Thursday, January 21, 2016

Chicanonautica: The Art and Artists Behind the New High Aztech Cover

As if the political turmoil being slathered all over the planet in the year 2016 wasn't enough, a new edition of my novel High Aztech is coming out. And get a load of that cover! Eyeball-snagging even if you don't recognize the source material.

It's a collage, artfully combining images from a Dell Harris painting and a Diego Rivera mural. And the typography is great, too.

Y'see, amigo/as, art begets art. Creativity doesn't happen in a vacuum. Diversity fuels it. Recomboculture blazes the trails. Dare I say it? All culture is appropriated, just ask the Aztecs, Mesoamerican masters of appropriation that they were.

So, let's take a look at the art and artists that contributed to this cover:

When I first saw Dell Harris' painting Scorpio, I was blown away. The cybervato seems to have stepped out of High Aztech. Dell painted it in 1990 while I was working on the novel. Neither of us has any idea of what the other was doing. Maybe there was something in the air. I just had to use it for the cover of my self-published e-version.

Of course, some people thought it was a bit much with the electronic codpiece and nail-studded baseball bat suggesting extreme sex and violence. The Specter of Puritanism is alive and well and living in América del Norte. I struggle with it on a daily basis.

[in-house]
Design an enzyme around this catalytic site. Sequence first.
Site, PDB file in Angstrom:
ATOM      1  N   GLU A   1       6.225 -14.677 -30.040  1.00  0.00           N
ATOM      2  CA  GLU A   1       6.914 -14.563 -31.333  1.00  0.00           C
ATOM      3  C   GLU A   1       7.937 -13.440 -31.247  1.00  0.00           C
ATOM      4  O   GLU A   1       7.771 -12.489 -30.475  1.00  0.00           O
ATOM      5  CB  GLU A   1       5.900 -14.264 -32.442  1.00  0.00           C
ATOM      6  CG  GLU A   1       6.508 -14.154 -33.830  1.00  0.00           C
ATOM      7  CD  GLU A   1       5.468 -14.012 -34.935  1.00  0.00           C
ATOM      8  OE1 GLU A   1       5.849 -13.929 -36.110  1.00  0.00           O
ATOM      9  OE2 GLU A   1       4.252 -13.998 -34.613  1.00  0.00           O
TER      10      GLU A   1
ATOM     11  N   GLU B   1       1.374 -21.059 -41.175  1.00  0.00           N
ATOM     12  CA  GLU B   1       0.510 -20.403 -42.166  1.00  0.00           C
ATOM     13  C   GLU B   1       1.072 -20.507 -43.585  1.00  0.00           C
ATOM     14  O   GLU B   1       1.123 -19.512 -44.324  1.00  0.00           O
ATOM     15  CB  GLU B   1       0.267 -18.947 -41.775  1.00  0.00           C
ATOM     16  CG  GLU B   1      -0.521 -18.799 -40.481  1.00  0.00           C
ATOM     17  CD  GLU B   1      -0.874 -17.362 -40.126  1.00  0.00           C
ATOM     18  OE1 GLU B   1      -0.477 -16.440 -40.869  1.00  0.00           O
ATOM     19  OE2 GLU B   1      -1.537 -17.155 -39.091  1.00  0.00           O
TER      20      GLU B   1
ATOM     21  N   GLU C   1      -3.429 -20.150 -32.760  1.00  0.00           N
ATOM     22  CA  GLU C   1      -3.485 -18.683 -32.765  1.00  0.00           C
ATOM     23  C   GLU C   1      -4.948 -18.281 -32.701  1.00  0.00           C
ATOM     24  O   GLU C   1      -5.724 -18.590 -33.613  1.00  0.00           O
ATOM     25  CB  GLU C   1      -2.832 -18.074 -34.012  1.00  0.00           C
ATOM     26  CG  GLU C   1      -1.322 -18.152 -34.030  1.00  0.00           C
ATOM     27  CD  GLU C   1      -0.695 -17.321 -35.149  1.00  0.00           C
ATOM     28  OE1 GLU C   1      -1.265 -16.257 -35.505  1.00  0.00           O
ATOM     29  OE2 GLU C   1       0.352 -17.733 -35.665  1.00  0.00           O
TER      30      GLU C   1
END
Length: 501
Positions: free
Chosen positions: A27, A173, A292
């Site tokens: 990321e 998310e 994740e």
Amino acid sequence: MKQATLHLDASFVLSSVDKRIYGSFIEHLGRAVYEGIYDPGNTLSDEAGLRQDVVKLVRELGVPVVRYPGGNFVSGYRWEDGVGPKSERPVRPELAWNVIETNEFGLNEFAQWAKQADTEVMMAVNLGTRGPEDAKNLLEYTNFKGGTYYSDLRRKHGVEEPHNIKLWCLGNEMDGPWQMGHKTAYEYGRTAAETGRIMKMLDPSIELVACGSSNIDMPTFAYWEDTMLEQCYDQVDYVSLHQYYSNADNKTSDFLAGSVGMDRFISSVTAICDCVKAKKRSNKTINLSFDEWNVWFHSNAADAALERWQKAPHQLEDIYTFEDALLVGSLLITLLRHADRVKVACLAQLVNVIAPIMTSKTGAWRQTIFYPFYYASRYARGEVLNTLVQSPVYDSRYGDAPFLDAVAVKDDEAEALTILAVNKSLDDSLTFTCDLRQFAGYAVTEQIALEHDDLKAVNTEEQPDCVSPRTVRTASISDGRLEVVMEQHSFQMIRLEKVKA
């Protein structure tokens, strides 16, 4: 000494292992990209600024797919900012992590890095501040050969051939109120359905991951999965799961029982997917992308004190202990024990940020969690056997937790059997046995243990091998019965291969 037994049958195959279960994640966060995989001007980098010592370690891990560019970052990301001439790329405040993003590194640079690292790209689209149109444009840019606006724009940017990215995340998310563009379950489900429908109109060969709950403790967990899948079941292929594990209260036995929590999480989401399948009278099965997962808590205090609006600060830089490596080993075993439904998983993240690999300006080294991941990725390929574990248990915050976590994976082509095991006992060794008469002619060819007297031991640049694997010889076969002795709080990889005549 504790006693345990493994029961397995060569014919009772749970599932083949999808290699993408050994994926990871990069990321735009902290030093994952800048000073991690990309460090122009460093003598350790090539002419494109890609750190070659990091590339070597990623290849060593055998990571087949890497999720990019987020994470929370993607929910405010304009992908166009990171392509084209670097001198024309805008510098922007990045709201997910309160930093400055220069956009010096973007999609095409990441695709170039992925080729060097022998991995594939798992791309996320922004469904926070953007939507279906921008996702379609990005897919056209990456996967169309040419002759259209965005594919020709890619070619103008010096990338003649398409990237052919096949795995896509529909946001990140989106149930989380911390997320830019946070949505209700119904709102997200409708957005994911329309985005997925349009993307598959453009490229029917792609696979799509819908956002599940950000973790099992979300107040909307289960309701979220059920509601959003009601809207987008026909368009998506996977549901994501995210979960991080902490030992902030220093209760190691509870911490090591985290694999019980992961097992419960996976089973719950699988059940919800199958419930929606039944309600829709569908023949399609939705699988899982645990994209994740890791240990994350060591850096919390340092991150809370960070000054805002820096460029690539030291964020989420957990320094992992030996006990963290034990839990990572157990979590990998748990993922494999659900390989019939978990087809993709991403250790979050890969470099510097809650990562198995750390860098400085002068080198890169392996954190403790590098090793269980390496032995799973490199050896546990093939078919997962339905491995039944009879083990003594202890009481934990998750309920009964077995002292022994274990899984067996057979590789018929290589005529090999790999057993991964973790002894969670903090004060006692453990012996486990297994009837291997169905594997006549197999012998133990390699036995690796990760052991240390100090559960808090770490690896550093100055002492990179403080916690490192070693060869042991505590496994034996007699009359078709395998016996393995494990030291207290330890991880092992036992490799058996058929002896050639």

I still think it's a great cover, by a great artist, and will use it when opportunities arise.

The other image is from Diego Rivera's Palacio Nacional mural La Gran Tenochtitlán. I've been to Mexico City/Tenochtitlán/el D.F., and standing before it changed my life. I may never have written High Aztech if I hadn't visited La Capital Azteca. Lady Tenochtitlán stepped off the wall, took my hand, and whisked me off to an alternate universe and otherwise inspired the living hell out of me.

Diego's Aztec murals present an idealized vision of a PreColumbian past, while in places presenting images that shock sensibilities nurtured on Western Civilizaton; it had the same motivation as Afrofuturism. They both present images of other worlds, other possibilities, that are meant to inspire people to see their own world in a different way, maybe even to try to change things. Diego is a big influence on me. Now and then I try to write long delirious paragraphs that have the impact on the reader's mind of seeing one of Diego's murals up close and personal.

The Lady and the Cybervato were brought together in the incredible Aztec marketplace, thanks to the vision and talents of the folks at Digital Parchment Services, Jean Marie Stine, M. Christian, artist Samantha Hursey, and book designer Frankie Hill. As time goes by, more artists contribute. New art and new cultures are created.

Who knows, maybe even a new world? Or should I say worlds?

I can hardly wait for the Strange Particle edition!

Ernest Hogan's High Aztech has been called “pure Chicano cyberpunk” by Lysa M. Rivera in her essay “Mestizaje and Heterotopia in Ernest Hogan's High Aztech”in Black and Brown Planets: The Politics of Race in Science Fiction, edited by Isiah Lavender III.

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